Over the past year, twentysomething volunteer Stefan Reinhold has been teaching children to read, repairing national park trails in the high country of Colorado, and battling blazes as part of a hot-shot Florida fire crew.
The past weeks in particular have been tough. Working alongside the chisel-faced professional firemen, he's been wearing a bright yellow fire-resistant suit and putting in long hours in the maddening jungle heat.
You might think he's some kind of Gen-X action hero. But actually Mr. Reinhold's good deeds are a routine part of being a team leader at AmeriCorps, the domestic version of the Peace Corps created in 1993.
And increasingly, he's not alone in doing good. Boosted by everything from school volunteer programs to promotion by US presidents, the notion of taking time out for service is slowly growing among young people - even as national service is gaining acceptance on Capitol Hill.
For instance, the number of national-service volunteers - who swap a year of volunteering for a stipend and $4,700 in tuition - has grown from 20,000 in 1996 to 40,000 today.
And in Congress - where legislators this week are debating an expansion of President Clinton's prized program - national service has quietly moved from being a political target to gaining bipartisan backing.
"As AmeriCorps develops and the word about it gets out, it is growing," says Reinhold from a pay phone at a fire command post in Volusia County, Fla. "The learning experience is immeasurable."
The program is still far from being the broad national movement Mr. Clinton envisioned during his 1992 campaign. And funding levels are still in dispute among some Republicans. But the attitude in Congress toward national service has changed dramatically since 1994. Back then, "it became a trophy [Clinton] put on his shoulder, something tempting to shoot at," says Harris Wofford, director of the Corporation for National Service, the umbrella organization that coordinates the six national service programs, including AmeriCorps.
BUT this year's request for $780 million would be the highest yet for the corporation. Its programs engage in a wide range of community projects including tutoring, drug- and violence-prevention programs in schools, community-center construction, and building homes alongside groups such as Habitat for Humanity, a favorite project of former President Jimmy Carter.
While gains have been made to enroll greater numbers, still unrealized is the national groundswell the president hoped to effect early on.
"Candidate Clinton in '92 talked about national service at virtually every opportunity and garnered enthusiastic support," recalls William Galston, executive director of The National Commission on Civic Renewal, a nonprofit group here.
"Whether this is becoming a transformative national movement remains to be seen," he says.
This month also marks the 25th anniversary of the end of compulsory military service, which had been in place since World War II.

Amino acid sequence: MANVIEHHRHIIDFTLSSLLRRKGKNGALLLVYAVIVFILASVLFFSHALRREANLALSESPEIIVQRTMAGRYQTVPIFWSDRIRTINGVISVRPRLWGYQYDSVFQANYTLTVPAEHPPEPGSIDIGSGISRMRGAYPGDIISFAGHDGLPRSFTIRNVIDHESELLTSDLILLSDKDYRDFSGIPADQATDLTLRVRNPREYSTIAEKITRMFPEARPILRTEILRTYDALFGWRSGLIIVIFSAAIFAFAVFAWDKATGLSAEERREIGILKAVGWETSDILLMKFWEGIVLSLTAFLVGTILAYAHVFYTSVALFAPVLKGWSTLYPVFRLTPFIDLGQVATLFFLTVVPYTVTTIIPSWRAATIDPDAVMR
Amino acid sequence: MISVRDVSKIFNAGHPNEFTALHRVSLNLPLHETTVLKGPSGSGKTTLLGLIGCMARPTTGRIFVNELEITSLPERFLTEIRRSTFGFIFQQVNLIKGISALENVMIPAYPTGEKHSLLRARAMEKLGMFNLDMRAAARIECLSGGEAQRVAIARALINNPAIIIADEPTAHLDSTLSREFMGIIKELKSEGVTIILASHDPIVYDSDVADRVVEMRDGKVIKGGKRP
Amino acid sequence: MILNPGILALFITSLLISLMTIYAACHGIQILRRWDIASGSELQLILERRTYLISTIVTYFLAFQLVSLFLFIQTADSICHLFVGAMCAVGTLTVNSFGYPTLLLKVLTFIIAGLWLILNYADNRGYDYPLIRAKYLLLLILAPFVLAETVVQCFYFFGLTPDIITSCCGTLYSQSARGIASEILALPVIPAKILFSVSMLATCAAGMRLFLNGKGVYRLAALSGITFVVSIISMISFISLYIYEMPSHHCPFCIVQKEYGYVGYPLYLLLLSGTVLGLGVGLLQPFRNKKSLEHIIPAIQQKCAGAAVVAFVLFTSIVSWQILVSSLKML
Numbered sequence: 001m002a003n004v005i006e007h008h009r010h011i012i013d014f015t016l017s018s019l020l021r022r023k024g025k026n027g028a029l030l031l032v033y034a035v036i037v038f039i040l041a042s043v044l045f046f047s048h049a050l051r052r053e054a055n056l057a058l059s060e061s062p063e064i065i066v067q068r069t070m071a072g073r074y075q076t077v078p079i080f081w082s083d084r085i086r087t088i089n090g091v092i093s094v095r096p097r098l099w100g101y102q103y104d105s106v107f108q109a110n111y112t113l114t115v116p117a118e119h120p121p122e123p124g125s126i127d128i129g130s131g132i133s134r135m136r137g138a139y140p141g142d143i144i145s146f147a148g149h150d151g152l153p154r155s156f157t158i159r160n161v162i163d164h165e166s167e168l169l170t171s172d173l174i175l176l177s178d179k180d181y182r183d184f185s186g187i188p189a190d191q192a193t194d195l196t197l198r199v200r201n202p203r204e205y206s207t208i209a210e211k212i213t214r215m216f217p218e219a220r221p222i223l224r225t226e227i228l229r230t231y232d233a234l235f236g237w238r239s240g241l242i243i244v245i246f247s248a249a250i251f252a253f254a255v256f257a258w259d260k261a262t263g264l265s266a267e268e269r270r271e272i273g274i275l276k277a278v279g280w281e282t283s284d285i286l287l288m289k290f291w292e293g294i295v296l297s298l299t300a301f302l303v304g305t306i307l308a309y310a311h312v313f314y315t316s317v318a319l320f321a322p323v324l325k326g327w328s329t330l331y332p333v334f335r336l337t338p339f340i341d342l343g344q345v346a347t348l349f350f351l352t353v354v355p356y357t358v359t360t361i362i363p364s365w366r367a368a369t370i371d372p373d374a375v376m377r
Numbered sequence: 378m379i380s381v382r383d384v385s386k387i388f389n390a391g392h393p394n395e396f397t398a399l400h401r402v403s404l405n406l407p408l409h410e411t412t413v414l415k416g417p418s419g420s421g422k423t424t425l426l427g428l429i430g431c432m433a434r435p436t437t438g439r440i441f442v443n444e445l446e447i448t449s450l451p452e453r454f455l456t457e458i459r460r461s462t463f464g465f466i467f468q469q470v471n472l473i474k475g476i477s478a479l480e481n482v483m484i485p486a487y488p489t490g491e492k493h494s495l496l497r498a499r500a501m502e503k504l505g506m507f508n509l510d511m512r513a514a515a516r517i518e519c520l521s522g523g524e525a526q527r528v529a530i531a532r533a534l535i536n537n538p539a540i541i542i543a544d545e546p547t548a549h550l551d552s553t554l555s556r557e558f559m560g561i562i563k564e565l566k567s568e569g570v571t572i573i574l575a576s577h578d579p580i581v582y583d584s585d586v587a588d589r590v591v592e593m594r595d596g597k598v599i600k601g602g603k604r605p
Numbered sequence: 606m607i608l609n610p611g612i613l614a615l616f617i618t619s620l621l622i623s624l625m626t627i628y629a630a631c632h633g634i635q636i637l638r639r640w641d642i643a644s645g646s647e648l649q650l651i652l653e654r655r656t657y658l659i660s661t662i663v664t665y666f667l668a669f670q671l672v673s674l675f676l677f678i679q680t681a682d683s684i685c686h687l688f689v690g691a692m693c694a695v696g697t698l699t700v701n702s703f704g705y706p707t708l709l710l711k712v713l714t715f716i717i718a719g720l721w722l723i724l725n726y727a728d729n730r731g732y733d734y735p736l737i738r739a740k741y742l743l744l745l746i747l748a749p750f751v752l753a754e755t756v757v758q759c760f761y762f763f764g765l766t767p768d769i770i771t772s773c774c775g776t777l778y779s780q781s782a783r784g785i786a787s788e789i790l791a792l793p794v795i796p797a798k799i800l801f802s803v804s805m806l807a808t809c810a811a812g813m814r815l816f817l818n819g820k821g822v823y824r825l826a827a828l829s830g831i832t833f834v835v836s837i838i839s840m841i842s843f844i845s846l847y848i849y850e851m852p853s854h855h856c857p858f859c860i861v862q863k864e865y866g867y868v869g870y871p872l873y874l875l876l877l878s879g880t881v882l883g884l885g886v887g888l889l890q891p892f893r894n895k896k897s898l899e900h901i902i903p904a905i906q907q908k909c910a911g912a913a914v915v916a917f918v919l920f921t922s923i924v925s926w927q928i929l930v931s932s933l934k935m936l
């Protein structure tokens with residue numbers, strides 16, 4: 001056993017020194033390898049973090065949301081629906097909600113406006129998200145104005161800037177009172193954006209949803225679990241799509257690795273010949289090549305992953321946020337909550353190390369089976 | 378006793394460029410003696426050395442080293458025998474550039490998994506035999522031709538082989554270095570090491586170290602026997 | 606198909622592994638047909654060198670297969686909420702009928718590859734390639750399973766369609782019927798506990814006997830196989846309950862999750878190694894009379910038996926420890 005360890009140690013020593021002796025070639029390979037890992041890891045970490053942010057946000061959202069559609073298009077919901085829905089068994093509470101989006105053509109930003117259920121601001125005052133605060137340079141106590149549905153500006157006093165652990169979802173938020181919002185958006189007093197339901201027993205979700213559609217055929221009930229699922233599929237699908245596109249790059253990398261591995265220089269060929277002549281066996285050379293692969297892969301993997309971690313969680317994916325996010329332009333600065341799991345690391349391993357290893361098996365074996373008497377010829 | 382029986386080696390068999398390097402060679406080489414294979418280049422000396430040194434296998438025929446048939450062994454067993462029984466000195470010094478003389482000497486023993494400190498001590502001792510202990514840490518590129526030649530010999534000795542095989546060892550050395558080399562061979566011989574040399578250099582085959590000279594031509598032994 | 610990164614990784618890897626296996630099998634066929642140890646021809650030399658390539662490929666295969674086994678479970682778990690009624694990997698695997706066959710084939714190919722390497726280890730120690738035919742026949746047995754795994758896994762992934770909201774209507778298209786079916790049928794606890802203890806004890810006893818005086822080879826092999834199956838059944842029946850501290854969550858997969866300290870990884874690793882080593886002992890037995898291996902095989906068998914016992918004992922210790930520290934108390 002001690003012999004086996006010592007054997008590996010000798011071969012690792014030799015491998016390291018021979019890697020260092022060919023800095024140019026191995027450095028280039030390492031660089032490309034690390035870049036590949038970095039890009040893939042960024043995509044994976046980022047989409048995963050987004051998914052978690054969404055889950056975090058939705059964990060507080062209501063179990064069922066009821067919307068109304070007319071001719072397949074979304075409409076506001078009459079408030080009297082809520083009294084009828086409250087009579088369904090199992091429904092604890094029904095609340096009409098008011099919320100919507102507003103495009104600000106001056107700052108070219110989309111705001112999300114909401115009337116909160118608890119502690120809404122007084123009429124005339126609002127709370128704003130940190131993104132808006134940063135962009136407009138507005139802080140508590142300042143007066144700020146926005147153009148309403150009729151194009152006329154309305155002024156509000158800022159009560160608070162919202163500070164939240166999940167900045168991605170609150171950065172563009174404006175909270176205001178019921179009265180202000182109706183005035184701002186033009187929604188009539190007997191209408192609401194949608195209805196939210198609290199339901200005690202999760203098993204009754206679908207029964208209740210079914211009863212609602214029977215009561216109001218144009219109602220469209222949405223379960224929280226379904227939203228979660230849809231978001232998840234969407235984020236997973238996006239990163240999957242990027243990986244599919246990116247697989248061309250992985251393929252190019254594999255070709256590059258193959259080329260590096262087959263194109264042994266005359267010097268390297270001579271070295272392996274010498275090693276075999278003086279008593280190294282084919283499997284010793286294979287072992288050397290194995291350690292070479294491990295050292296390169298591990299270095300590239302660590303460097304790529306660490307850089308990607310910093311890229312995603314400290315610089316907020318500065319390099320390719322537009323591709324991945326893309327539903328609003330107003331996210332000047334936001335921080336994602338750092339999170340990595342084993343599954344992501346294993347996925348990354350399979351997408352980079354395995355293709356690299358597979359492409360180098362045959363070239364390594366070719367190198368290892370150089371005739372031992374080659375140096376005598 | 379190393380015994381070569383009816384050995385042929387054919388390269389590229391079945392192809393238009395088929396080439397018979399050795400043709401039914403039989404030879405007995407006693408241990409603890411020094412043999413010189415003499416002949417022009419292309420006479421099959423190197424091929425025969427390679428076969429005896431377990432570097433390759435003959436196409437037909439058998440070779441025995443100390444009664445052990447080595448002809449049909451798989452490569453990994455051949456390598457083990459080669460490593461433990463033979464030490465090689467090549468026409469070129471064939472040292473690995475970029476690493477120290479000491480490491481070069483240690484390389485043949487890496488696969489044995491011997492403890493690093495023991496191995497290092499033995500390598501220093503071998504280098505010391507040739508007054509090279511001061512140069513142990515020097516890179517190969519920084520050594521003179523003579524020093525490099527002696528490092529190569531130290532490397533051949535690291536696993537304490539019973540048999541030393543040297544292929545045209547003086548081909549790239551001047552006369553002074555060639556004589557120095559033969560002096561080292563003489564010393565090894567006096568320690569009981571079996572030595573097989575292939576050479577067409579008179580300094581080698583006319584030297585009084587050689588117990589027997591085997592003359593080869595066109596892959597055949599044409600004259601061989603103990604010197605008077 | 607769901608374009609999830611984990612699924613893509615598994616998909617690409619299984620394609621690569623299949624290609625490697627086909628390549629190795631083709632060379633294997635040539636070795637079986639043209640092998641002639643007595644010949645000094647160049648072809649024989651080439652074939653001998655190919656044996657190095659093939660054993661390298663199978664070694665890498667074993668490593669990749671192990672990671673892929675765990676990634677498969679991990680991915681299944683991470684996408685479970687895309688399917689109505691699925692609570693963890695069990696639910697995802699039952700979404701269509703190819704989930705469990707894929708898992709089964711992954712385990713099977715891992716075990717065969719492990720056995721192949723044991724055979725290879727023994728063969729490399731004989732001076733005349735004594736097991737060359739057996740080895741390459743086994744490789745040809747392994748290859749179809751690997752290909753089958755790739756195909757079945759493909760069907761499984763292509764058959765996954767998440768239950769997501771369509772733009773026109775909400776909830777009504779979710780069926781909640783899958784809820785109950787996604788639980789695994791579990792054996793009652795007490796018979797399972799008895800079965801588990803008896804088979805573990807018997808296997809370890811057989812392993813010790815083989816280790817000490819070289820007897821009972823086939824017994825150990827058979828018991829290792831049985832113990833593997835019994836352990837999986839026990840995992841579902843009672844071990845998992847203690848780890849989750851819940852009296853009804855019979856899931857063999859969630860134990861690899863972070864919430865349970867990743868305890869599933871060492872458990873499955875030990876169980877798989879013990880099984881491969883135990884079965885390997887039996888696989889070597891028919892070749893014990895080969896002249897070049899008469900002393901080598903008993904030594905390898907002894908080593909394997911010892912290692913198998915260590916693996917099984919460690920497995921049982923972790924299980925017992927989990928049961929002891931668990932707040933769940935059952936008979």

While there is virtually no desire to reinstate the draft, some social observers bemoan the loss of the ancillary benefits created by the program - a sense of national community, an understanding of other cultures created by serving side by side in a diverse corps, and a duty to country.
"In our national value system we have gotten away from the idea that citizenship includes obligations to the collective good, not just enjoying its benefits," says David Segal, a University of Maryland sociology professor.
In the absence of a compulsory national program Dr. Segal suggests, today's teens and young adults are more disconnected from national duty, the political process, and each other.
"People of my generation, folks who went to college in the 1960s and '70s, now worry about low voter turnout and fraying of the social fabric," says June Speakman, a political science professor studying the community-service movement at Roger Williams University in Bristol, R.I.
Cohesive societal values are woven when people from different social groups and races work together for a common purpose: "National service is a way to bring the fabric together, nudge them toward a social conscience," she says.
But there is anecdotal evidence that the current wave of young adults want to keep that fabric from fraying too.
Applications to the Peace Corps are up 10 percent. AmeriCorps has doubled since 1996. And City Year, a private national-service organization has grown from one city in 1988 to nine today. A new City Year affiliate will open in Seattle in September.
Interest in volunteerism has escalated in recent years among all age groups, but those ages 17 to 22 are "the fastest-rising group of volunteers," says Leslie Crutchfield, founder and editor of Who Cares magazine, a Washington-based service publication that has tripled its subscriptions since 1993 to nearly 50,000. "Ten years ago there were very few youth-corps groups across the country," she says.
In addition to presidential efforts to bring volunteerism into the mainstream, including George Bush's "Points of Light" campaign, some observers say young adults are turning away from the narcissistic attitudes of the '70s and '80s.
"I think that era is over, and I think we are going back to an era of more concern for community, less for individuals, and national service will be more appealing," says John Norton, a political science professor at Lebanon Valley College in Annville, Pa.